The Maritime Aquarium at Norwalk is a fun place for kids and families to visit all year round, but around Halloween is when the ocean can really let its weirdness shine.
Creep through the list of our favorite spooky-sounding fish below. Most of them you can find right here in Long Island Sound … and at The Maritime Aquarium!
Okay, it’s actually just called a wolffish, but we’re making an exception this October. Atlantic wolffish are known for their fang-like teeth, which are accompanied by rows of powerful molars perfect for crushing crustaceans. As if that wasn’t enough, they have serrated teeth in their throats, too. These bottom-feeders are typically stationary creatures and are known cave-dwellers.
They are found in Long Island Sound, but you probably don’t want to run into one of these guys during a late-night swim – they can grow up to over 6 feet long.
No, this fish doesn’t swim around on a tiny broom. Instead, it is a relatively sedentary creature, preferring to spend its days at the bottom of deeper waters. Like other flounder, the witch flounder is a flatfish, but has a dark grey coloring on its eyed side and is light grey on its underside.
Mummichogs, or “mummies” as they are called, are small fish found in tidal creeks, harbor shores and brackish waters. They can survive in very dirty water thanks to a high carbon dioxide tolerance and are often used as bait. Get mummified in The Maritime Aquarium’s “Salt Marsh” gallery.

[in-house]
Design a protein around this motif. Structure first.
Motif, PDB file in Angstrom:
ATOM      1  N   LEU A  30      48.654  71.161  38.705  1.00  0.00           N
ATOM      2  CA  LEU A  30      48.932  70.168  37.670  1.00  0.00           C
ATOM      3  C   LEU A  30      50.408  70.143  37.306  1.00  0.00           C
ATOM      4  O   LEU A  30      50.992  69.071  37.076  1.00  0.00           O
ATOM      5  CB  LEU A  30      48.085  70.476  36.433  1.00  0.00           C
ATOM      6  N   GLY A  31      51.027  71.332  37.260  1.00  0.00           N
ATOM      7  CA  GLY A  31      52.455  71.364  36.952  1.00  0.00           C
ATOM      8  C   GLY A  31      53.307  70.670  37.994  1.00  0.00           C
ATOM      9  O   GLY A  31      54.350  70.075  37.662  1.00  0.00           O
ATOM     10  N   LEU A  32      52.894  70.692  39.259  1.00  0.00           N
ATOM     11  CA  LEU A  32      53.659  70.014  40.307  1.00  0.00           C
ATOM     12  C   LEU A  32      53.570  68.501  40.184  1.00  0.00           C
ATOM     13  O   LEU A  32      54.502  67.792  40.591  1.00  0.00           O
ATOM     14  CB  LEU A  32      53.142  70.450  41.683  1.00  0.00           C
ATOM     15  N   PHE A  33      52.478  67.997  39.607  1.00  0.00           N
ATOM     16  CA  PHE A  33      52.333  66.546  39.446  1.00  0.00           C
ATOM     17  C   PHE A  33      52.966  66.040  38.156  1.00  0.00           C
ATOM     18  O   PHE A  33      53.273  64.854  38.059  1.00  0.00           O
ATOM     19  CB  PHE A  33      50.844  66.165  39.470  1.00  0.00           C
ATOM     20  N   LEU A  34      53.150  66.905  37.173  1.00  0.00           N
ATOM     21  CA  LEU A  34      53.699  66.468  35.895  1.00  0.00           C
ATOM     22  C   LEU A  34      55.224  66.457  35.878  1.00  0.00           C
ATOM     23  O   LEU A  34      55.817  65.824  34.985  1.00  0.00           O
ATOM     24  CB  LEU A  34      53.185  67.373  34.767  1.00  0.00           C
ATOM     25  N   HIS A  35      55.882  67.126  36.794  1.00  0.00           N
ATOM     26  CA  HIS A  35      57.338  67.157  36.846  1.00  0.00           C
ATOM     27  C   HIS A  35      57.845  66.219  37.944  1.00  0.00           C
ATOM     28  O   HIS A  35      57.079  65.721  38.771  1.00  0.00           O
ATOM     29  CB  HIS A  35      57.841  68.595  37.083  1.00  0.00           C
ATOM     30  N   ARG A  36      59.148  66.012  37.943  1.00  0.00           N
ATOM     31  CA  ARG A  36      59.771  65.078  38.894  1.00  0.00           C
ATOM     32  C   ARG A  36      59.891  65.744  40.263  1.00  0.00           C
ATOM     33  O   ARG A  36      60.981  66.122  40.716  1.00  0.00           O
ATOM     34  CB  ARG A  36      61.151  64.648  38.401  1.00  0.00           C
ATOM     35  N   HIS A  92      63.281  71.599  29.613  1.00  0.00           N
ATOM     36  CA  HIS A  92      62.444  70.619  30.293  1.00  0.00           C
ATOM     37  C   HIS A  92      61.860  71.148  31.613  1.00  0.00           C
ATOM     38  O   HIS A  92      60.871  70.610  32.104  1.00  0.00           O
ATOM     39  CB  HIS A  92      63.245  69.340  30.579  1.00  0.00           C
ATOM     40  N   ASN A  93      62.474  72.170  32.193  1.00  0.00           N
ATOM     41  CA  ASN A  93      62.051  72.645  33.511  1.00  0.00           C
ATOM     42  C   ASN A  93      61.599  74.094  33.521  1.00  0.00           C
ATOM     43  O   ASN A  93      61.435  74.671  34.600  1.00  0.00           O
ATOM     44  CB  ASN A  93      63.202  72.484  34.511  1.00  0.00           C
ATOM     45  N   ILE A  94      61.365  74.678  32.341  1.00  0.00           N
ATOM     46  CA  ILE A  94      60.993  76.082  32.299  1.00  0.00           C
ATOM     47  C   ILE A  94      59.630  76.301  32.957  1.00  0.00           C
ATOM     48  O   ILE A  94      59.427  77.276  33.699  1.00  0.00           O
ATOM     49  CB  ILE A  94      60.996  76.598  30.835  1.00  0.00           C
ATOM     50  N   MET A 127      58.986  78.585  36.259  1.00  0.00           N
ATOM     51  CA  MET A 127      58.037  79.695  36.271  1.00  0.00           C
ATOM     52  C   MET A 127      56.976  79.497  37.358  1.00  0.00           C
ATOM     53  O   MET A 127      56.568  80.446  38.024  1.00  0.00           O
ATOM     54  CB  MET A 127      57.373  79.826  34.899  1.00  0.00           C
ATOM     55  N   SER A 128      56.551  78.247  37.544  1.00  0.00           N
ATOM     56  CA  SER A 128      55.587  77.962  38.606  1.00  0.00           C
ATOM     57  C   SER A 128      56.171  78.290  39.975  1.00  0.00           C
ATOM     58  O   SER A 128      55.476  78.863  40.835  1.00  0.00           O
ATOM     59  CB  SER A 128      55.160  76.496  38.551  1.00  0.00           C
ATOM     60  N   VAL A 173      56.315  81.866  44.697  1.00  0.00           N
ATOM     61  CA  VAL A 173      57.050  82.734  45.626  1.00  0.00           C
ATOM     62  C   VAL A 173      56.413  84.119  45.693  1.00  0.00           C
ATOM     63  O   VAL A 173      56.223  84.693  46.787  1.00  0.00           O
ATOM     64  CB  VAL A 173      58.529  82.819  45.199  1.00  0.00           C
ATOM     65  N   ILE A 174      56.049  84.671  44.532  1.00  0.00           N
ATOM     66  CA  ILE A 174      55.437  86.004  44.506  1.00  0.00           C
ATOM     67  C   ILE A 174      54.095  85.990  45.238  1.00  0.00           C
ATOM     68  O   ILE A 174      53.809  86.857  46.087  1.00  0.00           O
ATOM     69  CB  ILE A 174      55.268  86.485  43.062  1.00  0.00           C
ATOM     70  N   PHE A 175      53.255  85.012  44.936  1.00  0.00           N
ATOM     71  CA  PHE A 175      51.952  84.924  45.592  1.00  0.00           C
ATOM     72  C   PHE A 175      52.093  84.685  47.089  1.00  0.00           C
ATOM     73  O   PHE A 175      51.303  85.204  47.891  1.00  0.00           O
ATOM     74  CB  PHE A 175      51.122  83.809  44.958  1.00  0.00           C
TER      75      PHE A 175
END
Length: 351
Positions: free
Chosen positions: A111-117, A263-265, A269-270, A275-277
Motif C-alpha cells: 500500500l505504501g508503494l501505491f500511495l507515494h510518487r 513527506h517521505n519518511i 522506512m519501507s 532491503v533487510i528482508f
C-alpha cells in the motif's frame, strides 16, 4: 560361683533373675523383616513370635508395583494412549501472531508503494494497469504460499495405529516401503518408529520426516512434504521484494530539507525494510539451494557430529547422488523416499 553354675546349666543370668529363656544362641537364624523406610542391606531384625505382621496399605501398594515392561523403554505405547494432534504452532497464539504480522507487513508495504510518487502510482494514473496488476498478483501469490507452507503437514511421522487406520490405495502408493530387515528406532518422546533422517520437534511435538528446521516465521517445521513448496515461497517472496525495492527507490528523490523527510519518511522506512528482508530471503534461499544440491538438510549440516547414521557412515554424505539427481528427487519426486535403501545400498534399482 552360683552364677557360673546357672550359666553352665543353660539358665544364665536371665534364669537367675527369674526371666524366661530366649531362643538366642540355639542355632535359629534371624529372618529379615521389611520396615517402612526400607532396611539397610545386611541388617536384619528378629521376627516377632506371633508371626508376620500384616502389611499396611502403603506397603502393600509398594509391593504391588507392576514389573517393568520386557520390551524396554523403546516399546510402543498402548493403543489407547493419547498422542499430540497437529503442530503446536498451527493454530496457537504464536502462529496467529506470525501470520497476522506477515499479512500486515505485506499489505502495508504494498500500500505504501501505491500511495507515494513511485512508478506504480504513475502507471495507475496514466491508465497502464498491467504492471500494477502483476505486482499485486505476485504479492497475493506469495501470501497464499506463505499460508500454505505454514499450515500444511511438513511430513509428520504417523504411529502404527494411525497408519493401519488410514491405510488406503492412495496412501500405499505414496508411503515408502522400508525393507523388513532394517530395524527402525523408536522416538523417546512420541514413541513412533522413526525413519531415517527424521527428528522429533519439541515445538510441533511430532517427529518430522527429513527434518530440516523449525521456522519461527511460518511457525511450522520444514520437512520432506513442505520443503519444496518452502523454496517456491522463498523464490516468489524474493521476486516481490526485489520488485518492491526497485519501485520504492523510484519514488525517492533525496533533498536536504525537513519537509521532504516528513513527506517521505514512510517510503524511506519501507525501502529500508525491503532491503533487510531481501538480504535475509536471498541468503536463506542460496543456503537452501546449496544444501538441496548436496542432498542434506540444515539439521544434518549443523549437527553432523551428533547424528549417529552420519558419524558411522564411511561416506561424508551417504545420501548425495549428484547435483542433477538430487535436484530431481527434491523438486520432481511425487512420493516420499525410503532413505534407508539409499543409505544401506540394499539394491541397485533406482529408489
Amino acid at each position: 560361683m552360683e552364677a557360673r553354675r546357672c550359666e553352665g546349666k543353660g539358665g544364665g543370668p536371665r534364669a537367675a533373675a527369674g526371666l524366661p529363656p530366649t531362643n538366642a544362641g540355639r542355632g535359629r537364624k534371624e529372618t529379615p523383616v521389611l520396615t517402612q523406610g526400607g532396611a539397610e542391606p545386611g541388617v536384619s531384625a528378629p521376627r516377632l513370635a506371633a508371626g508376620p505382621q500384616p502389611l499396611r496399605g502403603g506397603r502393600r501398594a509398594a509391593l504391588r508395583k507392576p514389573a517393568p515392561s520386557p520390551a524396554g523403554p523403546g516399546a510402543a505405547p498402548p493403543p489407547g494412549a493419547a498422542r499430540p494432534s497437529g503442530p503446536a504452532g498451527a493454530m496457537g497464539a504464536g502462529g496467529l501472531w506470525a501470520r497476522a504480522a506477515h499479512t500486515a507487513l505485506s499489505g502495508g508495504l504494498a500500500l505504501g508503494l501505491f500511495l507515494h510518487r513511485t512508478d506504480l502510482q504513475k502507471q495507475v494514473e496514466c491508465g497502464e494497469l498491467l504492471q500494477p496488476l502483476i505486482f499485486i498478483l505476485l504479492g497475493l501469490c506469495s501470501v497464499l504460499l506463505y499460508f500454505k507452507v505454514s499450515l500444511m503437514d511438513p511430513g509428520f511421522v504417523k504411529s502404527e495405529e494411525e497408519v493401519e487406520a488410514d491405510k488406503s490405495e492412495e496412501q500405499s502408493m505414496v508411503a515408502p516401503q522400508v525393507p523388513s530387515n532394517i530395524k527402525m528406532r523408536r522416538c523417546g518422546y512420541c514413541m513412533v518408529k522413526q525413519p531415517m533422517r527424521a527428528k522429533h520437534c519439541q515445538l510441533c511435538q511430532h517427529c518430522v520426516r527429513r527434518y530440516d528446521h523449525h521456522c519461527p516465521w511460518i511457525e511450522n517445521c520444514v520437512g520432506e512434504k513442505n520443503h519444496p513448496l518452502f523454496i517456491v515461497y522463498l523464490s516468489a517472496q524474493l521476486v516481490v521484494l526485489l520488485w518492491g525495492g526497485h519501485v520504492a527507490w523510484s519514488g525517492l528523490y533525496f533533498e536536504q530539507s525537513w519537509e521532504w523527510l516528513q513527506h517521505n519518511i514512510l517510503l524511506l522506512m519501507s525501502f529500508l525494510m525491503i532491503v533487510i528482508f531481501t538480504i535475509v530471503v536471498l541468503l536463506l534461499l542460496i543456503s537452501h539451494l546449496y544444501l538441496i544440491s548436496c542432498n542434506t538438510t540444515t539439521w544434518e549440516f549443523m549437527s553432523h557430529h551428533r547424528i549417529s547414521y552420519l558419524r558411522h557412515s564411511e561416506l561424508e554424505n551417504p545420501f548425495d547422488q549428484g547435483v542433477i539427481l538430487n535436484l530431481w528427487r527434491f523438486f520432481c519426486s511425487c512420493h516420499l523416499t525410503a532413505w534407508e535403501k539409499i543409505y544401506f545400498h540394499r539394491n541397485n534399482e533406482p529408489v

There are 11 families and hundreds of species of sculpins, which are another type of bottom-dwelling fish found at the Aquarium. In particular, the sea raven is known for its unique, raggedy appearance. It has rows of sharp teeth that are longer than most other sculpins’ chompers, giving it a voracious bite. They feed on not only smaller crustaceans, mollusks and sea urchins, but on other fish as well. Find them in the “Muddy Bottom” and “Shipwreck” exhibits in the Aquarium’s Depths of the Sound gallery.
The hogchoker may sounds menacing, but it’s just another spooky name for the American sole. It’s said the name comes from hogs that fed on these discarded fish and had difficulty swallowing their hard scales. Hogchokers are small flatfish found in the Atlantic and Gulf coasts of North America, and are particularly abundant in the Chesapeake Bay area. Look for them in The Maritime Aquarium’s “Salt Marsh” gallery.
For even more deep-sea haunts, check out our spectacularly creepy Howl-a-Ween Pinterest board. It’s full of the ocean’s weirdest residents!